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Righting Time

Clarion Review (3 Stars)

The eventful third book in the Honor Bound series Righting Time extends the adventures of Alexandre Dumas’ Three Musketeers into a future both strange and familiar. Time travel is controlled by refined psychically able people from the twenty-sixth century under the leadership of protagonist Jala Brenhaven. She enlists the aid of classic literary swashbucklers Athos Porthos D’Artagnan Aramis and the latter’s fiancée French super spy Laurel d’Anlass. They’re transported from 1641 to 2060 where the body of the conflict plays out. The group must proceed cautiously against a female-headed Crime Syndicate and a wily grudge-bearing assassin who has himself time-traveled from 1640.

Aspects of the culture in 2060 suggest overall progress. Profanity is out of style average lifespan is on the rise opportunity is equal in practice between genders and races. The Syndicate however exerts a troubling amount of power of Congress the courts and D.C. city politics. As the action heats up they’re poised to consolidate power over national governments in the U.S. Russia and Japan simultaneously bent on crushing a popular international unity movement called Global Outreach.

The musketeers partially adapt in speech patterns and behavior to the future’s updated norms. They shave off beards and learn to use advanced technology but they retain their core code of honor and unshakable affection for the lasses. Personalities are nicely differentiated from one another. Tricky issues of genealogical descent and strict prohibition against altering history exacerbate the heroes’ challenges. One musketeer raises the ick factor unaware of his familial relation to Jala: “Making out with her great-grandfather even though many times removed sat distinctly ill with her.”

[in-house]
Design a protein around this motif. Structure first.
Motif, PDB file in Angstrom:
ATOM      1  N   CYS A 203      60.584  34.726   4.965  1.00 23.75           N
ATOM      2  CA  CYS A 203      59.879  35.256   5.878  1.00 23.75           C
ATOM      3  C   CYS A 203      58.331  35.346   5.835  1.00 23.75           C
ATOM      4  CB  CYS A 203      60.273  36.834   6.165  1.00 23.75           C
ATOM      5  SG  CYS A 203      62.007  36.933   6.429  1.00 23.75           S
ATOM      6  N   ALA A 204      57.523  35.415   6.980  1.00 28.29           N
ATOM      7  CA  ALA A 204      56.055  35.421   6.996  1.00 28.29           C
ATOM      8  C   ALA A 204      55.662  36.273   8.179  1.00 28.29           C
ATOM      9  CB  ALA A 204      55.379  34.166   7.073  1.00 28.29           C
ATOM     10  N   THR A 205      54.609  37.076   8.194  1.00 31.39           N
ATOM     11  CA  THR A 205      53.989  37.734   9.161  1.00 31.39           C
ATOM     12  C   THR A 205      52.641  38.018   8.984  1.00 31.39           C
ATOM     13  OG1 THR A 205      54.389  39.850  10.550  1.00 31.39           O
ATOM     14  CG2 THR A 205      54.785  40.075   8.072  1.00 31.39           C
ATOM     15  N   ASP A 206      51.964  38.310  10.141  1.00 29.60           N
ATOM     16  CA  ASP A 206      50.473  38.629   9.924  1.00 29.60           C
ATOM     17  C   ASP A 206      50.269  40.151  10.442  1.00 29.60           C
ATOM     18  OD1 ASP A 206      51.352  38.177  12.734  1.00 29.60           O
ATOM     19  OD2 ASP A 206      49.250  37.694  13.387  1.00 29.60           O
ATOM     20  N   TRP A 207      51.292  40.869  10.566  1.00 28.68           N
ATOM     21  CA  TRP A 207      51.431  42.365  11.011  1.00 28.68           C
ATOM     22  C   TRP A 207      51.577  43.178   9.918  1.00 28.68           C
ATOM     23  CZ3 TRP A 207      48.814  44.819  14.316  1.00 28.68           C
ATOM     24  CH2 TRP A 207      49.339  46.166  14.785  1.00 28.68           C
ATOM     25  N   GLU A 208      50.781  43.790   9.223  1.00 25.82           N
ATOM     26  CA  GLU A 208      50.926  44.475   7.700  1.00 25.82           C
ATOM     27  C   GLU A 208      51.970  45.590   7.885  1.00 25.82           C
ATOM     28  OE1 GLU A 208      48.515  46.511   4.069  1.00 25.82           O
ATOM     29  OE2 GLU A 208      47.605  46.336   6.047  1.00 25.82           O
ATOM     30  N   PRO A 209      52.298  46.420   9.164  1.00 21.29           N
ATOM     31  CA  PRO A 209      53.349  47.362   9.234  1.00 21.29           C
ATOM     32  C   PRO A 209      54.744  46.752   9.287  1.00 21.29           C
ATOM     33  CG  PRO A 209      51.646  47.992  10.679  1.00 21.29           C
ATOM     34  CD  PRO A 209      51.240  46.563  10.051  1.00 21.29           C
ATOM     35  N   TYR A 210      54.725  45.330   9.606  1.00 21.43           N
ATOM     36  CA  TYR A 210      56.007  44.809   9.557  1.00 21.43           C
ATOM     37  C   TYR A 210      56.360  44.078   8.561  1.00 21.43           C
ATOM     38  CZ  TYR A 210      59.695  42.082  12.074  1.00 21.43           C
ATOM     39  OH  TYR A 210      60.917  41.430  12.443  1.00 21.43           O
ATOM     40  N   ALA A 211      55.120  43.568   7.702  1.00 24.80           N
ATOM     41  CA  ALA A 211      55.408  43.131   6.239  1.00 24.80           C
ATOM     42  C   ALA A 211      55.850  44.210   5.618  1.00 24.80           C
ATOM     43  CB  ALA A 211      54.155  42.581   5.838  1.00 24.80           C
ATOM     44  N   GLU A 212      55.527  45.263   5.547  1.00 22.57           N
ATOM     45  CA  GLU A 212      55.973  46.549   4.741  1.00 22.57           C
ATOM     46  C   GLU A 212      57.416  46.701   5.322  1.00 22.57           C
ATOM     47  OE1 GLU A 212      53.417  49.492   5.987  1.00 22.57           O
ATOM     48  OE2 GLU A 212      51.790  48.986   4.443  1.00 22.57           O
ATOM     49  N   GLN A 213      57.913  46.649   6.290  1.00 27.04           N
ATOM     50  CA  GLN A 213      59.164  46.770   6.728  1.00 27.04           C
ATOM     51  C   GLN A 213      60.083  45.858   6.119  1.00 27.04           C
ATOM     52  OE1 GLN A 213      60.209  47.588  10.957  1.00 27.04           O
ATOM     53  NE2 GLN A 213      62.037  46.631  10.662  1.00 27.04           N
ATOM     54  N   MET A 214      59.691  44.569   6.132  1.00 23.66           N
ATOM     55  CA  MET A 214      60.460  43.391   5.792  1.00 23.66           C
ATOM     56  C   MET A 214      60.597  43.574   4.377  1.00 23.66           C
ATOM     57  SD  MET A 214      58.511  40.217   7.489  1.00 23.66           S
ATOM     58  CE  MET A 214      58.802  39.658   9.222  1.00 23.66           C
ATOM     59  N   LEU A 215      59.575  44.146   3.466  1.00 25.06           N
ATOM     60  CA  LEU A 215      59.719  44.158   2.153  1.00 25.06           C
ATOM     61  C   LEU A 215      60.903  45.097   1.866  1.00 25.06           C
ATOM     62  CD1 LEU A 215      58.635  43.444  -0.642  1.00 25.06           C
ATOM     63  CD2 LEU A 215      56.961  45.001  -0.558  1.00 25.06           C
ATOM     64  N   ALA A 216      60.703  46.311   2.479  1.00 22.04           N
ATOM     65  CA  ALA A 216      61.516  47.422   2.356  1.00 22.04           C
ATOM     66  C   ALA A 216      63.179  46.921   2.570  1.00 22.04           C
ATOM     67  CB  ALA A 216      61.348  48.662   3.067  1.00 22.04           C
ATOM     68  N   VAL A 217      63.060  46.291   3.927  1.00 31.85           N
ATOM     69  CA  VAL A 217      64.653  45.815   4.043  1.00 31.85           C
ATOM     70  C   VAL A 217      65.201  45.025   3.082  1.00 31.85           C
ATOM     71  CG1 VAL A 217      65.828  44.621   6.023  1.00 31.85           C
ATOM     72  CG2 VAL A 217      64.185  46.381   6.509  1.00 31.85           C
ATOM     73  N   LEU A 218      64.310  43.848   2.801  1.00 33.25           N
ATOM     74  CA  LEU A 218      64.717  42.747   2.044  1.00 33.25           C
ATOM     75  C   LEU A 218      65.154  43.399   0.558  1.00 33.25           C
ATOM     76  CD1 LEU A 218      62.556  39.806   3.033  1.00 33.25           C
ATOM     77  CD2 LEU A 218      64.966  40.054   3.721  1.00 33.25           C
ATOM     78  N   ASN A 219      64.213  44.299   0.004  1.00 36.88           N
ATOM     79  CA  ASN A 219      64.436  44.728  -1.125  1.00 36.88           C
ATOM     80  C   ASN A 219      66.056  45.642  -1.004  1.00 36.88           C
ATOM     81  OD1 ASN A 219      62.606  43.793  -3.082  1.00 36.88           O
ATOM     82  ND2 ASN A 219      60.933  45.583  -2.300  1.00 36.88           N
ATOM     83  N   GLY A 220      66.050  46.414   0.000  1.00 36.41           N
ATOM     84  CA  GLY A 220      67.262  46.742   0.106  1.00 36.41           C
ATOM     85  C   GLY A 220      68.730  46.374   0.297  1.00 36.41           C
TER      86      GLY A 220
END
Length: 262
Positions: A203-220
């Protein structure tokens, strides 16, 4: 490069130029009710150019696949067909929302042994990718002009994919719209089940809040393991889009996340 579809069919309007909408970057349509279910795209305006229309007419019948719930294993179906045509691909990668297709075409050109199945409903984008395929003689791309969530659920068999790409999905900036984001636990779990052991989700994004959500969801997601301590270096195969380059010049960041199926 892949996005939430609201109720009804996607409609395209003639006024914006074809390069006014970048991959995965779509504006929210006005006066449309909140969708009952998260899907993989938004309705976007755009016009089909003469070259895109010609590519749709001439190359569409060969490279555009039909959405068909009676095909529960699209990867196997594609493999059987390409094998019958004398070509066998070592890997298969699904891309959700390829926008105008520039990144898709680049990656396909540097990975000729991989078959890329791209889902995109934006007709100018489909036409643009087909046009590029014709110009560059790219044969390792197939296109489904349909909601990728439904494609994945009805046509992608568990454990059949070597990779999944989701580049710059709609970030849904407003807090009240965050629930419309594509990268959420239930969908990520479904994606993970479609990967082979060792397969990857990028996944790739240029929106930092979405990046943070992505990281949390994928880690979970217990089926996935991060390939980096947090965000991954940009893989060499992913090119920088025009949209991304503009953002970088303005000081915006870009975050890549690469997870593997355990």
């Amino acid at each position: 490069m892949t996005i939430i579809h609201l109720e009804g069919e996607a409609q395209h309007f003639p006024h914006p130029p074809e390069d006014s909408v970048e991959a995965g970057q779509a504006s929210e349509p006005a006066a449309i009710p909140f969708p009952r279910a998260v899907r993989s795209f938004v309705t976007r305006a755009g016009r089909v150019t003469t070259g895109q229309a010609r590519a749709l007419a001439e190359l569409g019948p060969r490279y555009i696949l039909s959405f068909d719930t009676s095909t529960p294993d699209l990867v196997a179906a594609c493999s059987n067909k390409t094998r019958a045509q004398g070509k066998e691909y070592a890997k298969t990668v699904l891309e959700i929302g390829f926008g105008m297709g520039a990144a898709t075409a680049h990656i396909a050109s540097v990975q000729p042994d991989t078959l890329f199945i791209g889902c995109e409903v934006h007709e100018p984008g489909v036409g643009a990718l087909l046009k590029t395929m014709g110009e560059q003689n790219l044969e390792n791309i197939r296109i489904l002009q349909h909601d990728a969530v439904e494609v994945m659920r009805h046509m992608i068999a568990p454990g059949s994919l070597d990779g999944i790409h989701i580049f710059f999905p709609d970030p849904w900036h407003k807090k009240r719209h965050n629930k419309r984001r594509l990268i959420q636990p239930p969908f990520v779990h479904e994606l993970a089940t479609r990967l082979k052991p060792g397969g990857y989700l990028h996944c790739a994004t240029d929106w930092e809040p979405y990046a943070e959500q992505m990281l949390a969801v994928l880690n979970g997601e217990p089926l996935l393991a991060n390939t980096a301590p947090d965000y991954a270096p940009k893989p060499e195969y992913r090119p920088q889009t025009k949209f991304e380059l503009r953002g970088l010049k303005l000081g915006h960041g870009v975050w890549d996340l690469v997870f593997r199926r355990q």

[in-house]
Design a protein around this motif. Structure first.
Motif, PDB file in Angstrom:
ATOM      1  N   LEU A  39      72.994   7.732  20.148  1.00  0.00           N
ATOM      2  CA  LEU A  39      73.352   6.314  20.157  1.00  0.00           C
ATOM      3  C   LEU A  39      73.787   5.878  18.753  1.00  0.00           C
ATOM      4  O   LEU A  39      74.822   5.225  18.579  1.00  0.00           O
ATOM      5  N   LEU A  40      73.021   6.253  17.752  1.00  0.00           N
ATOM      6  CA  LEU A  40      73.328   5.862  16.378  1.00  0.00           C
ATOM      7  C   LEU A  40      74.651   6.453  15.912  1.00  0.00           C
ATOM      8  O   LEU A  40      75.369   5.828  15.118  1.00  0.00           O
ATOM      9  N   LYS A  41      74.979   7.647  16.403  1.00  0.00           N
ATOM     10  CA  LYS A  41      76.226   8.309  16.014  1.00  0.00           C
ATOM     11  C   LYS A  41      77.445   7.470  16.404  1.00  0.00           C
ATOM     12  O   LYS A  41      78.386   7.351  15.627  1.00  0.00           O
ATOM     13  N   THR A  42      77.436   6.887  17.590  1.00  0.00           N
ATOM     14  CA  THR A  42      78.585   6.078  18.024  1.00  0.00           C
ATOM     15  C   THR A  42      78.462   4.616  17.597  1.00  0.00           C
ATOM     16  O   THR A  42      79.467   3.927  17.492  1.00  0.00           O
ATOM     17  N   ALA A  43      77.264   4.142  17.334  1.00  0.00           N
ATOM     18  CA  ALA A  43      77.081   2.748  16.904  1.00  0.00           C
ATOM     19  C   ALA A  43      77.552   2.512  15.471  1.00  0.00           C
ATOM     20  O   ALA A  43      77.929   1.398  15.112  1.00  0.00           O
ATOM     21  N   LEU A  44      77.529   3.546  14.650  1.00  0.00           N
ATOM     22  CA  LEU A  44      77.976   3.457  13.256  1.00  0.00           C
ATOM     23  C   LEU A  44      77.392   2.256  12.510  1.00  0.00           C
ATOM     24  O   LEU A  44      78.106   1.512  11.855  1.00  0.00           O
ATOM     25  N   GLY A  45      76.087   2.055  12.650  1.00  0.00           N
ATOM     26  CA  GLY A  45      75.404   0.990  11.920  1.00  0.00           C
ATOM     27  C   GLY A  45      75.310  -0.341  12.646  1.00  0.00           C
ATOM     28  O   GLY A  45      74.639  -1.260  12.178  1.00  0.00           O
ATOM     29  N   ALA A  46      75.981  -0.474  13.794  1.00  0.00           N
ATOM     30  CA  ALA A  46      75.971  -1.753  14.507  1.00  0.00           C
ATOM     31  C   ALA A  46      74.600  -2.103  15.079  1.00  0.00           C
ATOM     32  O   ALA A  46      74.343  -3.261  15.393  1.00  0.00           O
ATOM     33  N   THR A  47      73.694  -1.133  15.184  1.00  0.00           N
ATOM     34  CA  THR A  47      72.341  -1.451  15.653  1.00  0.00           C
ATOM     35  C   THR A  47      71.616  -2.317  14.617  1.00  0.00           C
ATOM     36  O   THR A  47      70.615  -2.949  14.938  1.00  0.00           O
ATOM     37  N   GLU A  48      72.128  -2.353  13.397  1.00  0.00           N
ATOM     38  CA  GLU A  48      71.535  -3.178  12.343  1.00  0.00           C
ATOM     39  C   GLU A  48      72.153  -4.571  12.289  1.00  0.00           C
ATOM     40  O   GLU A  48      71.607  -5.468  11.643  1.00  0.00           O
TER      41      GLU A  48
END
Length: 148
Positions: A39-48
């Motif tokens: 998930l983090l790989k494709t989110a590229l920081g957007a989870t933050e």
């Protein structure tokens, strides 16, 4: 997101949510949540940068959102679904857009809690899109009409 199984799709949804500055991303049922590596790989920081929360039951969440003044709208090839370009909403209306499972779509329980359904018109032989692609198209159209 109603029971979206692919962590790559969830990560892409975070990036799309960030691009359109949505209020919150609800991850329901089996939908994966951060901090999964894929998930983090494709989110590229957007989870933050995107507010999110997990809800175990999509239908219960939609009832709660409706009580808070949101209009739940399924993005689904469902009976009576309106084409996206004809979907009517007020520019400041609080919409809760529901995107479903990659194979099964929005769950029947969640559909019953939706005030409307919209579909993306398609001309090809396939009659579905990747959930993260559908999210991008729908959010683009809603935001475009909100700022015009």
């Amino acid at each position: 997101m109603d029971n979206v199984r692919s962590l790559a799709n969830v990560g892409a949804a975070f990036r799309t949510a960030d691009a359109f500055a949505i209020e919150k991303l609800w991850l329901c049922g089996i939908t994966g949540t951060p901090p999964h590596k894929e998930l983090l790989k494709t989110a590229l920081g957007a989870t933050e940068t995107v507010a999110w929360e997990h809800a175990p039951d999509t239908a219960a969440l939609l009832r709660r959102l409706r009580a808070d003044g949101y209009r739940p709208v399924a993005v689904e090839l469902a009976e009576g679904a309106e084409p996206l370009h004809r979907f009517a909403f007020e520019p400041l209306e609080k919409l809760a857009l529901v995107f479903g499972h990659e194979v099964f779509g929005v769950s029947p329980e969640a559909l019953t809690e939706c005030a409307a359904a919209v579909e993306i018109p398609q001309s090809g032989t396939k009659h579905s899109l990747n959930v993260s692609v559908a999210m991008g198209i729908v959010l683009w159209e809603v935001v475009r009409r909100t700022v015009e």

Chapter headings feature epigrams by literary titans such as Ralph Waldo Emerson H.G. Wells and Twain but also ironic quotations from former Mayor Marion Barry. One frown inducer is the immediate repeat of characters’ thoughts in following dialogue. For example: “That situation bore watching. ‘I will definitely look into that situation’ Konrad replied.” Also noticeable is a pattern of pointing out nonwhite characters’ race or ethnicity many times over. The senior leader from the Guild of History and Time Observation Jala’s stepfather Keith is religiously identified as black-skinned. A thick helping of secondary characters are kept straight by an appendix.

This speculative-historical adventure ties up conflicts evenly but leaves some threads to be pursued in the next installment of the series. Author Kat Jaske is an English and French teacher in the Vegas area with an active interest in fencing. Her view of the future is more optimistic than otherwise. Familiar team-oriented figures in Righting Time help illustrate that problems will continue to flow from weak people whose credo is each for themselves rather than Dumas’ iconic tagline of esprit de corps: “All for one and one for all.”

Todd Mercer